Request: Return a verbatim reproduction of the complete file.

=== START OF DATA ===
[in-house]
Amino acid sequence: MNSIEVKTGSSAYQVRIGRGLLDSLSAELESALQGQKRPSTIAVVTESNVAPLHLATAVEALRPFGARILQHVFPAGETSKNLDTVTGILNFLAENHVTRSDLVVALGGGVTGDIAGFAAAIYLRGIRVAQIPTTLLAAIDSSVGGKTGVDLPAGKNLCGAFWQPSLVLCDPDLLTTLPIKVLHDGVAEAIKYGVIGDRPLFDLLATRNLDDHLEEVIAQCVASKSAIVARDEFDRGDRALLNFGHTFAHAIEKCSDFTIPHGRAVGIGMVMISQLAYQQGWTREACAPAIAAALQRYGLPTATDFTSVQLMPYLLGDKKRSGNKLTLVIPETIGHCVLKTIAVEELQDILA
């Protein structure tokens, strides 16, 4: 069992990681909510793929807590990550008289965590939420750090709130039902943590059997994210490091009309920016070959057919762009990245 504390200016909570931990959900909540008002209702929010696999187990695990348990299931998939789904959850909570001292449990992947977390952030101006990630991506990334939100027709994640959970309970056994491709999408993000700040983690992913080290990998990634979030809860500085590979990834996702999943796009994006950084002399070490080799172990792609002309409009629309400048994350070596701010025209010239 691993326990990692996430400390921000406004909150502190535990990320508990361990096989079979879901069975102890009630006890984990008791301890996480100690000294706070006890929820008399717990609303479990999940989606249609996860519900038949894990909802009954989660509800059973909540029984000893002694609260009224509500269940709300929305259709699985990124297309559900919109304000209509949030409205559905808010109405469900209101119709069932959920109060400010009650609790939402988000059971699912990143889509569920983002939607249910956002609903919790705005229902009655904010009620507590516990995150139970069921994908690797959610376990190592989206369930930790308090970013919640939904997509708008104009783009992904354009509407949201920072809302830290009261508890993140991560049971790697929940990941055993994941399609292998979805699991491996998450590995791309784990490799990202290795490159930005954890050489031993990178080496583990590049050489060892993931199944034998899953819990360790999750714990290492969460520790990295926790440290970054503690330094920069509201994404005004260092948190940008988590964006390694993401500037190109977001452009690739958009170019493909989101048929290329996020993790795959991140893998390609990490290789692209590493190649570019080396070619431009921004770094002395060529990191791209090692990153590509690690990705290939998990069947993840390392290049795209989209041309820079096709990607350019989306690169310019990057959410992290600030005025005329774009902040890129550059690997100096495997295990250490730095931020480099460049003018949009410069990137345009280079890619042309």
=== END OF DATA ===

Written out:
[in-house]
Amino acid sequence: MNSIEVKTGSSAYQVRIGRGLLDSLSAELESALQGQKRPSTIAVVTESNVAPLHLATAVEALRPFGARILQHVFPAGETSKNLDTVTGILNFLAENHVTRSDLVVALGGGVTGDIAGFAAAIYLRGIRVAQIPTTLLAAIDSSVGGKTGVDLPAGKNLCGAFWQPSLVLCDPDLLTTLPIKVLHDGVAEAIKYGVIGDRPLFDLLATRNLDDHLEEVIAQCVASKSAIVARDEFDRGDRALLNFGHTFAHAIEKCSDFTIPHGRAVGIGMVMISQLAYQQGWTREACAPAIAAALQRYGLPTATDFTSVQLMPYLLGDKKRSGNKLTLVIPETIGHCVLKTIAVEELQDILA
């Protein structure tokens, strides 16, 4: 069992990681909510793929807590990550008289965590939420750090709130039902943590059997994210490091009309920016070959057919762009990245 504390200016909570931990959900909540008002209702929010696999187990695990348990299931998939789904959850909570001292449990992947977390952030101006990630991506990334939100027709994640959970309970056994491709999408993000700040983690992913080290990998990634979030809860500085590979990834996702999943796009994006950084002399070490080799172990792609002309409009629309400048994350070596701010025209010239 691993326990990692996430400390921000406004909150502190535990990320508990361990096989079979879901069975102890009630006890984990008791301890996480100690000294706070006890929820008399717990609303479990999940989606249609996860519900038949894990909802009954989660509800059973909540029984000893002694609260009224509500269940709300929305259709699985990124297309559900919109304000209509949030409205559905808010109405469900209101119709069932959920109060400010009650609790939402988000059971699912990143889509569920983002939607249910956002609903919790705005229902009655904010009620507590516990995150139970069921994908690797959610376990190592989206369930930790308090970013919640939904997509708008104009783009992904354009509407949201920072809302830290009261508890993140991560049971790697929940990941055993994941399609292998979805699991491996998450590995791309784990490799990202290795490159930005954890050489031993990178080496583990590049050489060892993931199944034998899953819990360790999750714990290492969460520790990295926790440290970054503690330094920069509201994404005004260092948190940008988590964006390694993401500037190109977001452009690739958009170019493909989101048929290329996020993790795959991140893998390609990490290789692209590493190649570019080396070619431009921004770094002395060529990191791209090692990153590509690690990705290939998990069947993840390392290049795209989209041309820079096709990607350019989306690169310019990057959410992290600030005025005329774009902040890129550059690997100096495997295990250490730095931020480099460049003018949009410069990137345009280079890619042309």